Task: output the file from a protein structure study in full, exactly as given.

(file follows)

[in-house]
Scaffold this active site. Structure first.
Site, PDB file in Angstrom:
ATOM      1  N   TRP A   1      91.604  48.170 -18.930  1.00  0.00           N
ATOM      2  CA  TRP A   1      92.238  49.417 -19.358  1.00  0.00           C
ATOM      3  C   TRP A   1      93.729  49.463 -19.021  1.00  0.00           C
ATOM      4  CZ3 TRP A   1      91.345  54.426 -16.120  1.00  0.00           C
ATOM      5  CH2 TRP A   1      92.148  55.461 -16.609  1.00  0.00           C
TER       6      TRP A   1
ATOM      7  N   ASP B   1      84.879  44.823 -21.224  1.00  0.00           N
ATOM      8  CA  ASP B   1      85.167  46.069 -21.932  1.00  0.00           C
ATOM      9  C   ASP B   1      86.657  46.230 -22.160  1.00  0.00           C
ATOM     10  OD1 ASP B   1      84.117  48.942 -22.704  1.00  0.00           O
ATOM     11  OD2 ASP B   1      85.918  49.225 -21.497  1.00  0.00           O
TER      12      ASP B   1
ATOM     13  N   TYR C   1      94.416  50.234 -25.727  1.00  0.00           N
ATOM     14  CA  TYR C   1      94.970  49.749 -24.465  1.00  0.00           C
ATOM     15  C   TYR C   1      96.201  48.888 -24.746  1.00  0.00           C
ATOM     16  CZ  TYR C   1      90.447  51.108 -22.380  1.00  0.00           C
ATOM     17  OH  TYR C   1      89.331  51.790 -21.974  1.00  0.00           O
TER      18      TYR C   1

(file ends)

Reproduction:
[in-house]
Scaffold this active site. Structure first.
Site, PDB file in Angstrom:
ATOM      1  N   TRP A   1      91.604  48.170 -18.930  1.00  0.00           N
ATOM      2  CA  TRP A   1      92.238  49.417 -19.358  1.00  0.00           C
ATOM      3  C   TRP A   1      93.729  49.463 -19.021  1.00  0.00           C
ATOM      4  CZ3 TRP A   1      91.345  54.426 -16.120  1.00  0.00           C
ATOM      5  CH2 TRP A   1      92.148  55.461 -16.609  1.00  0.00           C
TER       6      TRP A   1
ATOM      7  N   ASP B   1      84.879  44.823 -21.224  1.00  0.00           N
ATOM      8  CA  ASP B   1      85.167  46.069 -21.932  1.00  0.00           C
ATOM      9  C   ASP B   1      86.657  46.230 -22.160  1.00  0.00           C
ATOM     10  OD1 ASP B   1      84.117  48.942 -22.704  1.00  0.00           O
ATOM     11  OD2 ASP B   1      85.918  49.225 -21.497  1.00  0.00           O
TER      12      ASP B   1
ATOM     13  N   TYR C   1      94.416  50.234 -25.727  1.00  0.00           N
ATOM     14  CA  TYR C   1      94.970  49.749 -24.465  1.00  0.00           C
ATOM     15  C   TYR C   1      96.201  48.888 -24.746  1.00  0.00           C
ATOM     16  CZ  TYR C   1      90.447  51.108 -22.380  1.00  0.00           C
ATOM     17  OH  TYR C   1      89.331  51.790 -21.974  1.00  0.00           O
TER      18      TYR C   1